Two professors – one of education and one of English – developed “A Measure of Ability to Judge Poetry” in 1921, to assist students in acquiring an “increased ability to tell good [poetry] from bad, and increase preference for the good”.  To do this, original poems were sampled, accompanied by sets of varying versions of the original that represented sentimental, prosaic, and metrical forms of writing.  From there, it was simply a “which do you prefer?” choice.  Similarly, “Literature Tests to Accompany Adventures in Prose and Poetry”, a test developed by Rewey Belle Inglis, asks students to determine prevailing emotions of various poems from a given set of emotions.

Test preamble and sample poem for “A Measure of Ability to Judge Poetry (Exercises in Judging Poetry)” by Allan Abbott and M. R. Trabue, 1921; from the Cummings Center for the History of Psychology Test Collection

 

Test page from “Literature Tests to Accompany Adventures in Prose and Poetry” from the Cummings Center for the History of Psychology Test Collection

But making constrained decisions about something that is personal and subjective from pre-selected lists and writing samples feels a little restrictive.

Instead of right and wrong answers, or answers that are compared to regulated determinates, tests like “The Symbolic Equivalents Test”, allow for more fluctuation in the answers.  Rather than judging one’s ability to recognize the good and the bad from staid lists, the test-taker is asked to think of his or her own ways to answer each sample.  Answers might feel less like straight answers, and more like cleverness and ingenuity.  Indeed, creative writing (in the form of poetry or prose) should feel this way.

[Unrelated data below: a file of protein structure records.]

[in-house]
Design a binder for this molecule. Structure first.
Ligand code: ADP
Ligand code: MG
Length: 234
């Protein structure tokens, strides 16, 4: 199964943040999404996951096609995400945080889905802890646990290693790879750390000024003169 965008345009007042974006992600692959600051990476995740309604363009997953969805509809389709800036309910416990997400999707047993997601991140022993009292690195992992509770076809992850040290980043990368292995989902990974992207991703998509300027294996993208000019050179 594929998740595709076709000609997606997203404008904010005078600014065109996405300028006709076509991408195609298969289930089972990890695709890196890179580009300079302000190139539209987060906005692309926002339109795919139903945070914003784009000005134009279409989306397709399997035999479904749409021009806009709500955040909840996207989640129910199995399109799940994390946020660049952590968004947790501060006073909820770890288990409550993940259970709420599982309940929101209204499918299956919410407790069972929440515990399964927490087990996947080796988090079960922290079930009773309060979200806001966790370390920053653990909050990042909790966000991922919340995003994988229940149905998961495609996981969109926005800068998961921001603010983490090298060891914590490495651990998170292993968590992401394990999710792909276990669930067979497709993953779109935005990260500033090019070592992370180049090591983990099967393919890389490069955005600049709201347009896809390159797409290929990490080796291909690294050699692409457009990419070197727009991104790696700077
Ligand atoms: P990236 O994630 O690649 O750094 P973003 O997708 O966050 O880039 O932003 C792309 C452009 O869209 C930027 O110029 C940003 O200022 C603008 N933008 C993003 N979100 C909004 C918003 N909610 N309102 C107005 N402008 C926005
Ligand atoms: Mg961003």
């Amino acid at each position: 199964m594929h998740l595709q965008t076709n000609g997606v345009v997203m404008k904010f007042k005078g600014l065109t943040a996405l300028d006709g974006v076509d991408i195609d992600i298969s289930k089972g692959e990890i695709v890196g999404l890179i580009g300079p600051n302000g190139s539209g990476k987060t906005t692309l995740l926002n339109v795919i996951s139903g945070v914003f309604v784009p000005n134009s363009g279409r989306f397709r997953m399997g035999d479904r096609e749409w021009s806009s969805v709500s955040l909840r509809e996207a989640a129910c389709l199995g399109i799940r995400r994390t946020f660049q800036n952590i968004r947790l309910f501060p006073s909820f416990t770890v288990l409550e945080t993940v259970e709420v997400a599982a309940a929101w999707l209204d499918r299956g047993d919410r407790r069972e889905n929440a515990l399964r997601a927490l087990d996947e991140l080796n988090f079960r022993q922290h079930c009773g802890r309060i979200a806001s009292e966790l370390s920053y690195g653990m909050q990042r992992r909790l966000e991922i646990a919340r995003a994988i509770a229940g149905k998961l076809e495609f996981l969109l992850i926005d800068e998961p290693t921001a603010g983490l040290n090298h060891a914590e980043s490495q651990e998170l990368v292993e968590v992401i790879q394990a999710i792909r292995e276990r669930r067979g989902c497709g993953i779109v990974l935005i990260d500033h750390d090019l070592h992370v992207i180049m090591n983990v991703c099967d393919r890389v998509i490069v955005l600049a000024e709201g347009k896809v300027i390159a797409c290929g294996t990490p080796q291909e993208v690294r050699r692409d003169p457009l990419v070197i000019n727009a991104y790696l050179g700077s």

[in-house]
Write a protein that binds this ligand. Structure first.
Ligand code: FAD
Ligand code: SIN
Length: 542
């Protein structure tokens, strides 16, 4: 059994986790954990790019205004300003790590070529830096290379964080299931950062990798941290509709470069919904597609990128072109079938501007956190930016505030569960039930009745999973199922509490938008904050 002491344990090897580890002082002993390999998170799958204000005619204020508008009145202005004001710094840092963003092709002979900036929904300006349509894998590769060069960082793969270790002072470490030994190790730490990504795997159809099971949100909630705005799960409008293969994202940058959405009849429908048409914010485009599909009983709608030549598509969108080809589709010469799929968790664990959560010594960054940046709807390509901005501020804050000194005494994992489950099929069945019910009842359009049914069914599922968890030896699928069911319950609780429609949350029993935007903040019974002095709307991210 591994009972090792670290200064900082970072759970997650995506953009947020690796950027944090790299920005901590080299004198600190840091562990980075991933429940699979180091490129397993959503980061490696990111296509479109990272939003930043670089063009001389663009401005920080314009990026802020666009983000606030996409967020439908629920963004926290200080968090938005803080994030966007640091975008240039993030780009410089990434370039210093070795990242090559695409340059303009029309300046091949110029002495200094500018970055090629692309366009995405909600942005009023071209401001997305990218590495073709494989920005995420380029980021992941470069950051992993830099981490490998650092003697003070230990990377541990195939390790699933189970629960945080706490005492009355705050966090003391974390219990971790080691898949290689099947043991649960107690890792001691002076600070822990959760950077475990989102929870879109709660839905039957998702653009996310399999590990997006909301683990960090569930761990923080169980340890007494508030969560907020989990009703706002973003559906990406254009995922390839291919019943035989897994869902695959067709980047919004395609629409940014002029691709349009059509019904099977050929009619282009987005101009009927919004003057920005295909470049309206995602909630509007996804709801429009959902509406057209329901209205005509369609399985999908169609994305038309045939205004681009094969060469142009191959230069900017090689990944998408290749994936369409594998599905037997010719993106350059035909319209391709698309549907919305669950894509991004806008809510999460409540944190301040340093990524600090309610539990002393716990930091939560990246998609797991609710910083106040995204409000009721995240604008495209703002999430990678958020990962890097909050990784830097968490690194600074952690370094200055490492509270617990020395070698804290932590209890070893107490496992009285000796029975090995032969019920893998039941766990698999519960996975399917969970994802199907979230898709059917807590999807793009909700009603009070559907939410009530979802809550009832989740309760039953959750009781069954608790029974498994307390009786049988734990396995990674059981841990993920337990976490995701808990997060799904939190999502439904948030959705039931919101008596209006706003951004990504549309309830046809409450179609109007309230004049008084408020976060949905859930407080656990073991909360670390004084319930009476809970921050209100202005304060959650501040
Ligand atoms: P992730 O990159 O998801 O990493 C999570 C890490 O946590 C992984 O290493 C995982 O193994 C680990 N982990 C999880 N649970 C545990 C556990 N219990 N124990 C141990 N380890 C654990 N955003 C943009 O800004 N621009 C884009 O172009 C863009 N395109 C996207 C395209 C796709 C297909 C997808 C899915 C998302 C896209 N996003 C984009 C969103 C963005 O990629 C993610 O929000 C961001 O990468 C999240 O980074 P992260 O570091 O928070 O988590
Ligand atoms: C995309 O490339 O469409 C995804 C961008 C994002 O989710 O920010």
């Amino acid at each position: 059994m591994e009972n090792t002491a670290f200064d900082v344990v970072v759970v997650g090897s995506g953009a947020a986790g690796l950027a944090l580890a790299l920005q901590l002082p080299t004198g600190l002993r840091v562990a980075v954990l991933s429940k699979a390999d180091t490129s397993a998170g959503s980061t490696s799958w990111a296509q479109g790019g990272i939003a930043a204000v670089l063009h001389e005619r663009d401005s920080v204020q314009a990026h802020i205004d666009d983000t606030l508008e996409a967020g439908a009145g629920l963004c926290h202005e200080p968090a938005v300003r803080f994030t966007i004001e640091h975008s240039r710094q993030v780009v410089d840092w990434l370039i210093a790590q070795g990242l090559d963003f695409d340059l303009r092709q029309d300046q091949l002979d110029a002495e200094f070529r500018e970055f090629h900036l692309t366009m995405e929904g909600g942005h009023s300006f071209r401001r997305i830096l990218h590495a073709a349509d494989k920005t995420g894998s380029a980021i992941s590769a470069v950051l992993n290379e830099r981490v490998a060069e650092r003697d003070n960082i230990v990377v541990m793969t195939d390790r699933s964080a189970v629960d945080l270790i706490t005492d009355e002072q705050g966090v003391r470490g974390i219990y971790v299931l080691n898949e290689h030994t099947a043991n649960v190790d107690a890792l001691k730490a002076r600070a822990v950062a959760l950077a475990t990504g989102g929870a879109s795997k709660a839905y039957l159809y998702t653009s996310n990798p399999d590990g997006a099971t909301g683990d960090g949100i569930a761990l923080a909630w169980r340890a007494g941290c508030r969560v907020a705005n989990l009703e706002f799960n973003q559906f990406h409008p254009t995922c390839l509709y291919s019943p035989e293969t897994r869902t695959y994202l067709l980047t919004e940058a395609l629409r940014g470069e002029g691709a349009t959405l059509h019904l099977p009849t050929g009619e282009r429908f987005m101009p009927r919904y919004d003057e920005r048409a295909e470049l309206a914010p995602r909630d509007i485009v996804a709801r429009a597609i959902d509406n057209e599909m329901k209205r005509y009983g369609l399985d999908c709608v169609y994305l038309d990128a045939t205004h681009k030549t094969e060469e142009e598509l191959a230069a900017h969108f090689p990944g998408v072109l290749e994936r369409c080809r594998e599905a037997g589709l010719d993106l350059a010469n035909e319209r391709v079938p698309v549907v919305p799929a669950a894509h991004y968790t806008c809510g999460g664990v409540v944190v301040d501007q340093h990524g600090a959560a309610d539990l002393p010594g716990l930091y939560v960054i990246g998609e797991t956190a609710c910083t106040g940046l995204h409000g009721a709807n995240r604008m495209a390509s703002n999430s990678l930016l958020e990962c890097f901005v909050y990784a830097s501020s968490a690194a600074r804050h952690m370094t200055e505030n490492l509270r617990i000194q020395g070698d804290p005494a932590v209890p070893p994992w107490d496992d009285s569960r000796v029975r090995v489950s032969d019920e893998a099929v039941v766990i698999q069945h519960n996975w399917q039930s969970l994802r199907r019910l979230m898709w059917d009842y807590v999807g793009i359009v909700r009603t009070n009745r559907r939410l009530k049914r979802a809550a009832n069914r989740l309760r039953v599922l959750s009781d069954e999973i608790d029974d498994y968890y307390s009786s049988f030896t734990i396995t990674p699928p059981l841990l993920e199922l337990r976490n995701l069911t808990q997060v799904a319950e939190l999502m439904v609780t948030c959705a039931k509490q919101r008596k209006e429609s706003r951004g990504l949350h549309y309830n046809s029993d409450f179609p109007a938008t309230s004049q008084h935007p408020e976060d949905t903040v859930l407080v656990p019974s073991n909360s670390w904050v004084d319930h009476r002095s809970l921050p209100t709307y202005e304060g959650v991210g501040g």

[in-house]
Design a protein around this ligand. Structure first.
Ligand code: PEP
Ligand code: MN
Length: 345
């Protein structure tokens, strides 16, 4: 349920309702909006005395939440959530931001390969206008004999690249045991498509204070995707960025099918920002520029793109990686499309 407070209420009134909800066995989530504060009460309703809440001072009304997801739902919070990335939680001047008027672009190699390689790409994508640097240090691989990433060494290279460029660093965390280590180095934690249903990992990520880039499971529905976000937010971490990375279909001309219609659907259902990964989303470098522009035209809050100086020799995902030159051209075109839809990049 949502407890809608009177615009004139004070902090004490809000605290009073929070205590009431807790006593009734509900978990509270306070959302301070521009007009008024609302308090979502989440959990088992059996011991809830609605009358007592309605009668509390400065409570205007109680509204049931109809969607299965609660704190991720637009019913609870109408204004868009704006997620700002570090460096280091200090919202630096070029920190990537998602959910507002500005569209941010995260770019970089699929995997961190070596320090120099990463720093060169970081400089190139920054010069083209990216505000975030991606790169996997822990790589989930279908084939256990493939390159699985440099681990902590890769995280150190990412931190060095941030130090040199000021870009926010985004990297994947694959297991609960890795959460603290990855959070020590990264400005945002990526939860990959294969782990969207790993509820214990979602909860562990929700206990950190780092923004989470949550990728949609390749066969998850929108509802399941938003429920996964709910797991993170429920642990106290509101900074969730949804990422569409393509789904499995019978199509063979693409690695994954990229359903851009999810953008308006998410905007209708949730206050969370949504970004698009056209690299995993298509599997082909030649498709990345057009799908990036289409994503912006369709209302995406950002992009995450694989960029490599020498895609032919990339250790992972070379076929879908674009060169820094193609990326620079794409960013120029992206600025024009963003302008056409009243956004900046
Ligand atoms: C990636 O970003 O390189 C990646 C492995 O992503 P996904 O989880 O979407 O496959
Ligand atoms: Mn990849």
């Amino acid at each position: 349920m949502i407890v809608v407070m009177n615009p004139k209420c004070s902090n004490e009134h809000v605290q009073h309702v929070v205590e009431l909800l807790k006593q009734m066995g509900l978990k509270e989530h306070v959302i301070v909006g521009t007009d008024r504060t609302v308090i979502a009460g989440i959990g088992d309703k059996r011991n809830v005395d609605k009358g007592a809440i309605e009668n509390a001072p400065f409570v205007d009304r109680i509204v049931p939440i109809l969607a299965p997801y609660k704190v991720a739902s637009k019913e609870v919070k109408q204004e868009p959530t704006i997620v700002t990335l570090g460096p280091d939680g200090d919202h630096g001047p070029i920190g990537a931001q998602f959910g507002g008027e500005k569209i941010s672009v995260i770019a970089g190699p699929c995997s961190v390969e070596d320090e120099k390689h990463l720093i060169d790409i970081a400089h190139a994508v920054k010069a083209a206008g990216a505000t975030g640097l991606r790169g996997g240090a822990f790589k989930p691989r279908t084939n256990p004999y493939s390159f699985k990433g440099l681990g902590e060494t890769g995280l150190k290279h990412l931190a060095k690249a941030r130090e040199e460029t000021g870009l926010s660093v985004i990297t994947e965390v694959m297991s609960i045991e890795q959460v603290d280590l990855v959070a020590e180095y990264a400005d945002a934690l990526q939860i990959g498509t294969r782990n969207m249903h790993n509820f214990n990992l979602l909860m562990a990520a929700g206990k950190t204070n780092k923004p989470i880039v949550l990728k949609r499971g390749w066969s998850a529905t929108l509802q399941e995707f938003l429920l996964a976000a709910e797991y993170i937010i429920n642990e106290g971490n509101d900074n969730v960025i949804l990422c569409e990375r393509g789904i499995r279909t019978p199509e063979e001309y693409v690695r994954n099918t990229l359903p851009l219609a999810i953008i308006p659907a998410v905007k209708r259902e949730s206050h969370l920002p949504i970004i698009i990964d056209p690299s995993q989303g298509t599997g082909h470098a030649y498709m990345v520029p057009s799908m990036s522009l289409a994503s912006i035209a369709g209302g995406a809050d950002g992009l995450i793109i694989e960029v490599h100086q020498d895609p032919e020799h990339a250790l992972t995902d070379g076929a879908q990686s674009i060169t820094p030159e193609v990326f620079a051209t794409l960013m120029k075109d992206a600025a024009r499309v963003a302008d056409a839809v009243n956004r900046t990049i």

“The Symbolic Equivalents Test” with some imaginative notes, from the Frank X. Barron papers; Cummings Center for the History of Psychology

Throughout the 1960s and ‘70s, Elizabeth Starkweather conducted research on the subject of creativity, particularly in school children.  She describes creativity as something that cannot be coerced, and in order to take place, it must happen in an environment of free expression without inhibition.

Excerpt from a paper on creativity by Elizabeth Starkweather; from the Cummings Center for the History of Psychology Special Interest Collection

Whether taking a test on one’s own abilities or judging others’ creative abilities, we might be wise to ruminate on the ideas posed by Starkweather, Carl Rogers, Abraham Maslow, and others who recognized that creativity has a lot to with the act and less to do with judging other creators’ works.  Think, too, about how the act of creating serves an important purpose in those self-actualization theories.  Your poems may get published, you may get recognized for being a great talent; but probably not.  Write them anyway.  In the mechanized grind of life, creativity helps us to feel human.